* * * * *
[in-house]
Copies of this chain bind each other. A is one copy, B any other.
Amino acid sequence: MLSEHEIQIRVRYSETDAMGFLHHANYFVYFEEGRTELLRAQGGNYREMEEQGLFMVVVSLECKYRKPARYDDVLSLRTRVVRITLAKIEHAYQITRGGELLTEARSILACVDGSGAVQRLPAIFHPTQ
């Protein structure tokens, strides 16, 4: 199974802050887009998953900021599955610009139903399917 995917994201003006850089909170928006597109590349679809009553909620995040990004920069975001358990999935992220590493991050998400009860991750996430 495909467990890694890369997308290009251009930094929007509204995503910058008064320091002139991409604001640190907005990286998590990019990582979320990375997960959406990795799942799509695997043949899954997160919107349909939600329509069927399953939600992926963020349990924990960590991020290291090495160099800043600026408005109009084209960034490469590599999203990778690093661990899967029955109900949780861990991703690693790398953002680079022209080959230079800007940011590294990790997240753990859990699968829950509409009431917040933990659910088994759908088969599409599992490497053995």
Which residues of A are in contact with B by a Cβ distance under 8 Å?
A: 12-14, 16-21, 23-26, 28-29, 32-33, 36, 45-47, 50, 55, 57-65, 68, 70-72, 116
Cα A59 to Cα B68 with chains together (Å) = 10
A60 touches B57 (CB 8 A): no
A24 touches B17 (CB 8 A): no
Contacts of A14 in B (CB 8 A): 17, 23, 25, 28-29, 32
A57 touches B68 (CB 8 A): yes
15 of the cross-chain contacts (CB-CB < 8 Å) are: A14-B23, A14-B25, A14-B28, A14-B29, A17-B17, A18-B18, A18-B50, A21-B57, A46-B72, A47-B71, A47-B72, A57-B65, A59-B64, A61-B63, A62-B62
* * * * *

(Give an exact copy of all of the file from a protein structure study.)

[in-house]
Copies of this chain bind each other. A is one copy, B any other.
Amino acid sequence: MLSEHEIQIRVRYSETDAMGFLHHANYFVYFEEGRTELLRAQGGNYREMEEQGLFMVVVSLECKYRKPARYDDVLSLRTRVVRITLAKIEHAYQITRGGELLTEARSILACVDGSGAVQRLPAIFHPTQ
């Protein structure tokens, strides 16, 4: 199974802050887009998953900021599955610009139903399917 995917994201003006850089909170928006597109590349679809009553909620995040990004920069975001358990999935992220590493991050998400009860991750996430 495909467990890694890369997308290009251009930094929007509204995503910058008064320091002139991409604001640190907005990286998590990019990582979320990375997960959406990795799942799509695997043949899954997160919107349909939600329509069927399953939600992926963020349990924990960590991020290291090495160099800043600026408005109009084209960034490469590599999203990778690093661990899967029955109900949780861990991703690693790398953002680079022209080959230079800007940011590294990790997240753990859990699968829950509409009431917040933990659910088994759908088969599409599992490497053995």
Which residues of A are in contact with B by a Cβ distance under 8 Å?
A: 12-14, 16-21, 23-26, 28-29, 32-33, 36, 45-47, 50, 55, 57-65, 68, 70-72, 116
Cα A59 to Cα B68 with chains together (Å) = 10
A60 touches B57 (CB 8 A): no
A24 touches B17 (CB 8 A): no
Contacts of A14 in B (CB 8 A): 17, 23, 25, 28-29, 32
A57 touches B68 (CB 8 A): yes
15 of the cross-chain contacts (CB-CB < 8 Å) are: A14-B23, A14-B25, A14-B28, A14-B29, A17-B17, A18-B18, A18-B50, A21-B57, A46-B72, A47-B71, A47-B72, A57-B65, A59-B64, A61-B63, A62-B62